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Smart Cycling



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Smart Cycling PDF  | Print |  E-mail
Learning to ride a bike is a rite of passage. It's a skill that takes us from three-wheeler to two-wheeler, from sidewalk to street. It's also one of the easiest of life's lessons to learn, but it does take effort to learn how to ride well.

Body position
Smart cycling starts with proper body positioning. Some people like to ride with their bodies in a low position, but this is not the correct posture. It is best to sit as tightly as possible, and in a narrow posture to reduce wind friction. You and your bike will obtain maximum efficiency when your body is completely lined with the bicycle frame.

Knees
The position of your knees is equally important. The correct riding posture will have you sitting comfortably with your knees bent at right angles. This posture will make your body more aerodynamic and streamlined, and will reduce the strain on your legs.
The best way to arrive at the correct knee position is the traditional method of placing your bike on a trainer and sitting square on the saddle. Place your heels on the pedals and pedal backwards. The right height will have your knees straightening with minimal hip movement. It may take some time to get the position just right, but it is time well spent.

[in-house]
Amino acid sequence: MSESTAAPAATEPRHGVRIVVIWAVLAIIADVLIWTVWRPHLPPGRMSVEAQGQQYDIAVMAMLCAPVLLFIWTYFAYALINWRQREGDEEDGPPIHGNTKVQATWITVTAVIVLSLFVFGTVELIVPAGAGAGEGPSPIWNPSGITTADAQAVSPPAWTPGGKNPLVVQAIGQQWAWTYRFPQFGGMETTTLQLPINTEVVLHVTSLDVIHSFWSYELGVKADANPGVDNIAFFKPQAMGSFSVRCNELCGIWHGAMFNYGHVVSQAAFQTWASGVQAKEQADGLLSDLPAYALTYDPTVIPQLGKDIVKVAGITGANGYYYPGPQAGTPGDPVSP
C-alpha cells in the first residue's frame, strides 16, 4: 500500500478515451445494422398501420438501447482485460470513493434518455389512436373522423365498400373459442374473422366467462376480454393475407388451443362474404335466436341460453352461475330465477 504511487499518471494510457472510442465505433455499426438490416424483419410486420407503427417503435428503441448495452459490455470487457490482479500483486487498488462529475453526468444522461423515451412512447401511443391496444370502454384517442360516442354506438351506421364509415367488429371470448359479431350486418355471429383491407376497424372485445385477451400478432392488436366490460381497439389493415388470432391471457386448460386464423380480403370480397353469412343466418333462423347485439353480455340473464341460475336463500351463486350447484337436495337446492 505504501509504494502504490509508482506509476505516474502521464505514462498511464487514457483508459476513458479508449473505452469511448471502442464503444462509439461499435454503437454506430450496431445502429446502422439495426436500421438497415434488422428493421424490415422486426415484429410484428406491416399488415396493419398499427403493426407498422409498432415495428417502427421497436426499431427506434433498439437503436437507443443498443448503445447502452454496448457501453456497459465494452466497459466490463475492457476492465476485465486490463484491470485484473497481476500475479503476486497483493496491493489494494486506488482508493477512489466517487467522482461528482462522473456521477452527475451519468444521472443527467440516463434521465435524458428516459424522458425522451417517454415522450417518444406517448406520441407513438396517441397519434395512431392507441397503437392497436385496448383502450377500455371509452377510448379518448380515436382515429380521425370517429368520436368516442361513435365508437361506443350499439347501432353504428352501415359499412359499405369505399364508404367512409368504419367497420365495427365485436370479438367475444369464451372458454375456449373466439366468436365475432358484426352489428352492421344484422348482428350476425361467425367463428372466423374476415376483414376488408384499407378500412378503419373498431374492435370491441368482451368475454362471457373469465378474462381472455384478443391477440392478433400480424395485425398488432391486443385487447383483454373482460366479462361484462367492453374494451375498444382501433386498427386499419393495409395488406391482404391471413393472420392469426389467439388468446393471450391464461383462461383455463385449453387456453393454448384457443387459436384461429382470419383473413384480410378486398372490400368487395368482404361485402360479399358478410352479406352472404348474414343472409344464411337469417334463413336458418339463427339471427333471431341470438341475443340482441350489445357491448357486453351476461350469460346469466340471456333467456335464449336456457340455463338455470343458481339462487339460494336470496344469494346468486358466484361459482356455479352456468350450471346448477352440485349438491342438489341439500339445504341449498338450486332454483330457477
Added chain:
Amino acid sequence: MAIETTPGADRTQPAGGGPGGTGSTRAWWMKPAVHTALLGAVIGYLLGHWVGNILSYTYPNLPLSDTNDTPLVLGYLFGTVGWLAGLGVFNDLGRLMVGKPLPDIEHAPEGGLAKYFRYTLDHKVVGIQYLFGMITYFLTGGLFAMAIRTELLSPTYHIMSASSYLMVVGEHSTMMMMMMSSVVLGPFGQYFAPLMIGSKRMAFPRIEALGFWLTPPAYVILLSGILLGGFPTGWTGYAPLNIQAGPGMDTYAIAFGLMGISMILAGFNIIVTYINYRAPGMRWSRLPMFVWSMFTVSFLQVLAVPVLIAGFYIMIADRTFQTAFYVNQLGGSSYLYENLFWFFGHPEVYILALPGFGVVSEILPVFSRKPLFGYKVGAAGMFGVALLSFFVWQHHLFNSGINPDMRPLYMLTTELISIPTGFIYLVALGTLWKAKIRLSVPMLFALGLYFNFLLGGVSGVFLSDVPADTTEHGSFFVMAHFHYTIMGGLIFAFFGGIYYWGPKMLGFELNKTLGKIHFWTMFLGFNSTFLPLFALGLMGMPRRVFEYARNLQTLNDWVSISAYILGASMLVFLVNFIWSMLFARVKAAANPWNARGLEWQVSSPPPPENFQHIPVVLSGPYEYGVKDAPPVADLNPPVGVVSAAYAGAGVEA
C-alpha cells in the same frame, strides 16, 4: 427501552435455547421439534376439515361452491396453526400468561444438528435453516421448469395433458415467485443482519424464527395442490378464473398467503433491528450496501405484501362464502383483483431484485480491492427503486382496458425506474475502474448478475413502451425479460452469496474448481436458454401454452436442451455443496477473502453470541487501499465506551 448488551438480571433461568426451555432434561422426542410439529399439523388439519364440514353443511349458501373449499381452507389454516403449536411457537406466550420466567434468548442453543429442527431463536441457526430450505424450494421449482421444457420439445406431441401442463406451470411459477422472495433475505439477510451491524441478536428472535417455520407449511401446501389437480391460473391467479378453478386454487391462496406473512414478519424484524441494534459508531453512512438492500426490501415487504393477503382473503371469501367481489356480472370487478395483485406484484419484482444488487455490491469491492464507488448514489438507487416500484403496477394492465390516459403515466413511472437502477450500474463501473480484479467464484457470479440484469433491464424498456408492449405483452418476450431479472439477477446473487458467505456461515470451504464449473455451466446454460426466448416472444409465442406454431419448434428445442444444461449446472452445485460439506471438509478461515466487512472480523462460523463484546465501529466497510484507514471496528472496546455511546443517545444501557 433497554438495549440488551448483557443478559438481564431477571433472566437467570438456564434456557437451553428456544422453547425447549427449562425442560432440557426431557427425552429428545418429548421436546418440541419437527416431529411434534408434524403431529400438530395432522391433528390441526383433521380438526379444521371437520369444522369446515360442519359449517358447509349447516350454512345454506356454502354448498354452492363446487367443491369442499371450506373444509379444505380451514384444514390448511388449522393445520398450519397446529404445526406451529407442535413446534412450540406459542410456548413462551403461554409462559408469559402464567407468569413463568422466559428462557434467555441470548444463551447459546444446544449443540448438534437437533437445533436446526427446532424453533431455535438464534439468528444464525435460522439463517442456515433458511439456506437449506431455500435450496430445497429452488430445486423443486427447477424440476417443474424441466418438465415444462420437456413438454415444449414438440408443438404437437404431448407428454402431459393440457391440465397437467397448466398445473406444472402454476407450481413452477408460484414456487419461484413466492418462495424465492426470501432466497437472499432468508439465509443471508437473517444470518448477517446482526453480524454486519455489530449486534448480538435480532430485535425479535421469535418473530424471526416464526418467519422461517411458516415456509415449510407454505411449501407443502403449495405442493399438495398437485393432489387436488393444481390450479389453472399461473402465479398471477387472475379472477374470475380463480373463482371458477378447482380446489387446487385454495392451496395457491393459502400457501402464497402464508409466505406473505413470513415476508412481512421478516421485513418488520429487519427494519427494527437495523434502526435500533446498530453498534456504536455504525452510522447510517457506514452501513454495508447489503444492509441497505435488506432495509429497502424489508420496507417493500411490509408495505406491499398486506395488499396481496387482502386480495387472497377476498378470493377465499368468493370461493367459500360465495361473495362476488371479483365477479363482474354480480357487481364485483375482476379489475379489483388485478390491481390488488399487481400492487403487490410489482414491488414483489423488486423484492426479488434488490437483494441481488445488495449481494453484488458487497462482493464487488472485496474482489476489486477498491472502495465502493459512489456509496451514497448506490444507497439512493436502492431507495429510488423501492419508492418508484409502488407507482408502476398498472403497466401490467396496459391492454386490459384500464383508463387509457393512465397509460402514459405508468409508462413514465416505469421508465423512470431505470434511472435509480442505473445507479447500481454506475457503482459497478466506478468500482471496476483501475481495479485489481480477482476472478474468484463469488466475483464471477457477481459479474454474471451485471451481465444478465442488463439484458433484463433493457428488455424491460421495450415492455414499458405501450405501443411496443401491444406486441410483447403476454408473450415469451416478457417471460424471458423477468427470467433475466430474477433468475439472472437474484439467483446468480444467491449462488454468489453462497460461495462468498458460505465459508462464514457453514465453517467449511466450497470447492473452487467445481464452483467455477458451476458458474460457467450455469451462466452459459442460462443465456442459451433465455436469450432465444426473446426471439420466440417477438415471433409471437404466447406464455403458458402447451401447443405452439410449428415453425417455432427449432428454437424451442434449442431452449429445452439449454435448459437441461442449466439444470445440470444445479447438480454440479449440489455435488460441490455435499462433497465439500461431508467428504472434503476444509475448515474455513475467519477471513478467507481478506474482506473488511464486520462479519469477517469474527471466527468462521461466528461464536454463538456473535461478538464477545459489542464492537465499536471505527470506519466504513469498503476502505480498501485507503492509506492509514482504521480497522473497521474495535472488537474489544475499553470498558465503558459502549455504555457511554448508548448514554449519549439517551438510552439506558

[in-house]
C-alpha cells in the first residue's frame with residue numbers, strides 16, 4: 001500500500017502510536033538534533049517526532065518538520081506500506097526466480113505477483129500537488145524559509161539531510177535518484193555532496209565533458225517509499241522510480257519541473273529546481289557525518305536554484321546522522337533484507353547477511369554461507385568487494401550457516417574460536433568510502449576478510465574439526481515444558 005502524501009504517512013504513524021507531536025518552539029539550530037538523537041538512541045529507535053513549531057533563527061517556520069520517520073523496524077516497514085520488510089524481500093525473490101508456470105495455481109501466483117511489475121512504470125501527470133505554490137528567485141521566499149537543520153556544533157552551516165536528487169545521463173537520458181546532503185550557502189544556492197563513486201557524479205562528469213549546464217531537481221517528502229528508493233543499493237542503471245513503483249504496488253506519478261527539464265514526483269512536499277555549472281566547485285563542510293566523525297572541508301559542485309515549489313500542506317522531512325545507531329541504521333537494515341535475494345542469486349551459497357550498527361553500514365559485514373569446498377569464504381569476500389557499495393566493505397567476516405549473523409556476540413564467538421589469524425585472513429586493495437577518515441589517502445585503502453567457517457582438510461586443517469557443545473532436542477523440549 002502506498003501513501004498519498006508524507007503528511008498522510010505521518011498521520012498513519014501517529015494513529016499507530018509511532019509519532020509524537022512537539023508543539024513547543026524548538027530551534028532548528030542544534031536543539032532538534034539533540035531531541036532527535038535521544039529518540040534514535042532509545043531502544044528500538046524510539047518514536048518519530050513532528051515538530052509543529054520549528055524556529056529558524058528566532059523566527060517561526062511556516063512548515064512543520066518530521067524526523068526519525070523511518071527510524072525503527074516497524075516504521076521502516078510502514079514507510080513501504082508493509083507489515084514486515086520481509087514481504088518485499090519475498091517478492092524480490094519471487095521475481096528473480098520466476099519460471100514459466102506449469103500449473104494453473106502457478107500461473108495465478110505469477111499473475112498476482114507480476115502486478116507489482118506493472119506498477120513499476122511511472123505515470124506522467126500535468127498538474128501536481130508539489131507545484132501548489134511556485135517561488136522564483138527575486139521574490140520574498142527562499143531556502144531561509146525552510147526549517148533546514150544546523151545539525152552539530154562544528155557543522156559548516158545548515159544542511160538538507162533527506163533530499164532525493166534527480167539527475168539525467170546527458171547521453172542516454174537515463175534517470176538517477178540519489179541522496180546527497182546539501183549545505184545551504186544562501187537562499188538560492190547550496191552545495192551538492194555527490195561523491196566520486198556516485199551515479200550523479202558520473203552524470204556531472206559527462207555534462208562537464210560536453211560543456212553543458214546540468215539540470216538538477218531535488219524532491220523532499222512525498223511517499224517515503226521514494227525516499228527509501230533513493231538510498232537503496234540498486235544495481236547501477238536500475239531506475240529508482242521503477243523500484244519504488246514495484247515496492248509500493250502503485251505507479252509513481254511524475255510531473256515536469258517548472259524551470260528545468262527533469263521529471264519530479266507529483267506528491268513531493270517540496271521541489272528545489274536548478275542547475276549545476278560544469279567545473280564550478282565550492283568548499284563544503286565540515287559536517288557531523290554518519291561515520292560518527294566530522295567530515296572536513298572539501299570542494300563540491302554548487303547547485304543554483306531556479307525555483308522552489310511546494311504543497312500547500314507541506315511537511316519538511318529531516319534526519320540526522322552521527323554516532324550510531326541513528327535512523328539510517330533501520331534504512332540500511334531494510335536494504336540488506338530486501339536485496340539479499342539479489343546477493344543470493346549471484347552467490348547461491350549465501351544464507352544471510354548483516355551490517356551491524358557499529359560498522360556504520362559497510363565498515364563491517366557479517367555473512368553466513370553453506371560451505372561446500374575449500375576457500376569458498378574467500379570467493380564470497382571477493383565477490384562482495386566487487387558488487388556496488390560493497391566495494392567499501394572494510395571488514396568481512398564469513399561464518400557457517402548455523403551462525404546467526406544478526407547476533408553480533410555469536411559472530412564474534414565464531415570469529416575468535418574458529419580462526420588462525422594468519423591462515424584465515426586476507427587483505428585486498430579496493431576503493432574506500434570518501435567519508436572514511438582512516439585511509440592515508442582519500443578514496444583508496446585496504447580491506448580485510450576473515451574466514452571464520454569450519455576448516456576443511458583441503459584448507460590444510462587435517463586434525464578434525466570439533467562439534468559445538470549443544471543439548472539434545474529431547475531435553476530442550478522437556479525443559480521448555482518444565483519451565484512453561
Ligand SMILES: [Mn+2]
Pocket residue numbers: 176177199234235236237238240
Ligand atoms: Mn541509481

When you find the right height, adjust the height of your saddle and secure it.

Arms
Your arms need to be positioned properly in order to cycle smart. When riding, your hands should be placed over the brake lever hood. This is a neutral position that will allow you to apply the brakes comfortably. Make sure that your hands are not angled in any position while you are holding the brake lever hood. Straight positions are best for smart cycling. When choosing your bike, make sure that the handlebar is not too wide. Adjust it so the distance between the top of the saddle and the handle bar is not more than four knuckles.


Many riders believe that the best way to ride is to have a bike custom-built. They are not necessarily wrong, but the real source of smart cycling is in body adjustment. Even if you have a custom bike, you will have to learn to hold your body in the proper position to get optimal performance from your cycle. Weight should be shifted so that most of it is placed on the back wheel, to increase pedaling rate and maximize bike control.

Chances are, you will change and upgrade bicycles as you age. But if you choose to keep your bike for the long haul, you'll need to adjust your riding position as your body reacts to natural aging processes and loss of flexibility. This will give you a more pleasant riding experience and reduce the strain on your body.

Going from three-wheeler to street cycle is just the beginning. Smart cycling is about how you ride, not necessarily what you ride.
 
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